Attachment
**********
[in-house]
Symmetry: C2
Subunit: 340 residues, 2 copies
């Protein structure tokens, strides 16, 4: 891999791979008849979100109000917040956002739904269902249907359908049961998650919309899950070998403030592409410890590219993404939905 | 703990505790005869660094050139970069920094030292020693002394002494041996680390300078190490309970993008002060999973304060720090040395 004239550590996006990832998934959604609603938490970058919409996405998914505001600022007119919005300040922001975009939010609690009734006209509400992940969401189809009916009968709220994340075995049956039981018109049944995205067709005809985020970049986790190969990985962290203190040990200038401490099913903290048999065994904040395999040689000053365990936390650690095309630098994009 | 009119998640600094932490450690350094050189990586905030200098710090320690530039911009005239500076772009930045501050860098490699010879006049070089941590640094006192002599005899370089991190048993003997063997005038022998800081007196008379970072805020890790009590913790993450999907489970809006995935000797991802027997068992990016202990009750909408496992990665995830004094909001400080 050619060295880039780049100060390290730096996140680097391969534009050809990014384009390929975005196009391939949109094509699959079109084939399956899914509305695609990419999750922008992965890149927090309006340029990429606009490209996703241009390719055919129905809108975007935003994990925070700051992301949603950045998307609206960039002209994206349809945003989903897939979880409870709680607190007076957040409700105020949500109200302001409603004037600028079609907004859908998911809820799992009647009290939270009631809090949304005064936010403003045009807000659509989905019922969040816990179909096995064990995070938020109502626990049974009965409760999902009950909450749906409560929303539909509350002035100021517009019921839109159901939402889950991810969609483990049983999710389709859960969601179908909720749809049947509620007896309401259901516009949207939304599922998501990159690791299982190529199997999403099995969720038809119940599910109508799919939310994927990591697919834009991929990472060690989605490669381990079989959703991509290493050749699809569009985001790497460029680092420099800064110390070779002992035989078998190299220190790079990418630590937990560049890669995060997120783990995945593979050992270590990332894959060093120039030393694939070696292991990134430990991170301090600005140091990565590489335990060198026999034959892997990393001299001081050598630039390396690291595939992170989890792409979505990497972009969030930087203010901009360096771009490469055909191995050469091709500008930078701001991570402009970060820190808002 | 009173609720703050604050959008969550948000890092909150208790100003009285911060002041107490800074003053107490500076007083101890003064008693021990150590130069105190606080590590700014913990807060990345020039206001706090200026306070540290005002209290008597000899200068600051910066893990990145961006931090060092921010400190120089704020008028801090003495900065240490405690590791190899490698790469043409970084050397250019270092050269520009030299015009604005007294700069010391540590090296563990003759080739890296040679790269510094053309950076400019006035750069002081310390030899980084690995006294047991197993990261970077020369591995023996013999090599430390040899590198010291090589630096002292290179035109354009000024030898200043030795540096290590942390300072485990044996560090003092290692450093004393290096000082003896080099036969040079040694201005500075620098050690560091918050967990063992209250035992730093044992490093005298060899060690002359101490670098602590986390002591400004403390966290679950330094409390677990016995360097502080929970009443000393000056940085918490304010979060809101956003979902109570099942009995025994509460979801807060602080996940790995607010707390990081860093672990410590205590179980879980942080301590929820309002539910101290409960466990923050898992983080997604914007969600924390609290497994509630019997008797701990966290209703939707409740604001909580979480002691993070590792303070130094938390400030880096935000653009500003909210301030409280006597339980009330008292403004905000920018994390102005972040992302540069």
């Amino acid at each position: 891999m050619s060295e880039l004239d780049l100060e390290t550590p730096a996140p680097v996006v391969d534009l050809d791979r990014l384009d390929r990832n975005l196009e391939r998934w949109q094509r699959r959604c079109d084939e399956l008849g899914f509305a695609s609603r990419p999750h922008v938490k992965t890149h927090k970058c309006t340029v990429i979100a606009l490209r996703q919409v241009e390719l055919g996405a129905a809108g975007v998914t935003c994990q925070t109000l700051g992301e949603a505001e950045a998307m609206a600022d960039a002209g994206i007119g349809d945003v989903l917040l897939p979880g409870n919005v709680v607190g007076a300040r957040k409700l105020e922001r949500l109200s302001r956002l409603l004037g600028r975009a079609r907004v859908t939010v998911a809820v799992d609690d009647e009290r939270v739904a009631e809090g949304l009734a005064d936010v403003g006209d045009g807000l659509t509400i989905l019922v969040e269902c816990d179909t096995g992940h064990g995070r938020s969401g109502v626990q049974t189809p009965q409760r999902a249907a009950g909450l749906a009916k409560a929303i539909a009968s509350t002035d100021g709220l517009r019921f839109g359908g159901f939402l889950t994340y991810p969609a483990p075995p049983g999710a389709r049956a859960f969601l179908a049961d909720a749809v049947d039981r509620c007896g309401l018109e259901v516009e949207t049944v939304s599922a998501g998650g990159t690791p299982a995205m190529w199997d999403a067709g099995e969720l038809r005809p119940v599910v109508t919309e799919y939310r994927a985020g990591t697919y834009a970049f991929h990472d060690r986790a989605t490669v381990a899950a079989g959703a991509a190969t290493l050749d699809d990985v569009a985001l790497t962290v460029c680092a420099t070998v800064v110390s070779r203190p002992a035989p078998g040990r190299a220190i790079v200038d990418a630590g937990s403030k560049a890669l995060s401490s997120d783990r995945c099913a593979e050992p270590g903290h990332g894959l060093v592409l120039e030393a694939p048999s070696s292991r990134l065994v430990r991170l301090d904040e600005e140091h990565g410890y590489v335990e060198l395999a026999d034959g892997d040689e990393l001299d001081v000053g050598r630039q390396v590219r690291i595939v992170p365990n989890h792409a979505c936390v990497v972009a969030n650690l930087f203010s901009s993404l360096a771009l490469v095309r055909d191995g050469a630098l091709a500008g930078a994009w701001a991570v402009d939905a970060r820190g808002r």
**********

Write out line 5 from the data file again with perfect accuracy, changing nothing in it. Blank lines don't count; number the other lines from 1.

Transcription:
């Amino acid at each position: 891999m050619s060295e880039l004239d780049l100060e390290t550590p730096a996140p680097v996006v391969d534009l050809d791979r990014l384009d390929r990832n975005l196009e391939r998934w949109q094509r699959r959604c079109d084939e399956l008849g899914f509305a695609s609603r990419p999750h922008v938490k992965t890149h927090k970058c309006t340029v990429i979100a606009l490209r996703q919409v241009e390719l055919g996405a129905a809108g975007v998914t935003c994990q925070t109000l700051g992301e949603a505001e950045a998307m609206a600022d960039a002209g994206i007119g349809d945003v989903l917040l897939p979880g409870n919005v709680v607190g007076a300040r957040k409700l105020e922001r949500l109200s302001r956002l409603l004037g600028r975009a079609r907004v859908t939010v998911a809820v799992d609690d009647e009290r939270v739904a009631e809090g949304l009734a005064d936010v403003g006209d045009g807000l659509t509400i989905l019922v969040e269902c816990d179909t096995g992940h064990g995070r938020s969401g109502v626990q049974t189809p009965q409760r999902a249907a009950g909450l749906a009916k409560a929303i539909a009968s509350t002035d100021g709220l517009r019921f839109g359908g159901f939402l889950t994340y991810p969609a483990p075995p049983g999710a389709r049956a859960f969601l179908a049961d909720a749809v049947d039981r509620c007896g309401l018109e259901v516009e949207t049944v939304s599922a998501g998650g990159t690791p299982a995205m190529w199997d999403a067709g099995e969720l038809r005809p119940v599910v109508t919309e799919y939310r994927a985020g990591t697919y834009a970049f991929h990472d060690r986790a989605t490669v381990a899950a079989g959703a991509a190969t290493l050749d699809d990985v569009a985001l790497t962290v460029c680092a420099t070998v800064v110390s070779r203190p002992a035989p078998g040990r190299a220190i790079v200038d990418a630590g937990s403030k560049a890669l995060s401490s997120d783990r995945c099913a593979e050992p270590g903290h990332g894959l060093v592409l120039e030393a694939p048999s070696s292991r990134l065994v430990r991170l301090d904040e600005e140091h990565g410890y590489v335990e060198l395999a026999d034959g892997d040689e990393l001299d001081v000053g050598r630039q390396v590219r690291i595939v992170p365990n989890h792409a979505c936390v990497v972009a969030n650690l930087f203010s901009s993404l360096a771009l490469v095309r055909d191995g050469a630098l091709a500008g930078a994009w701001a991570v402009d939905a970060r820190g808002r």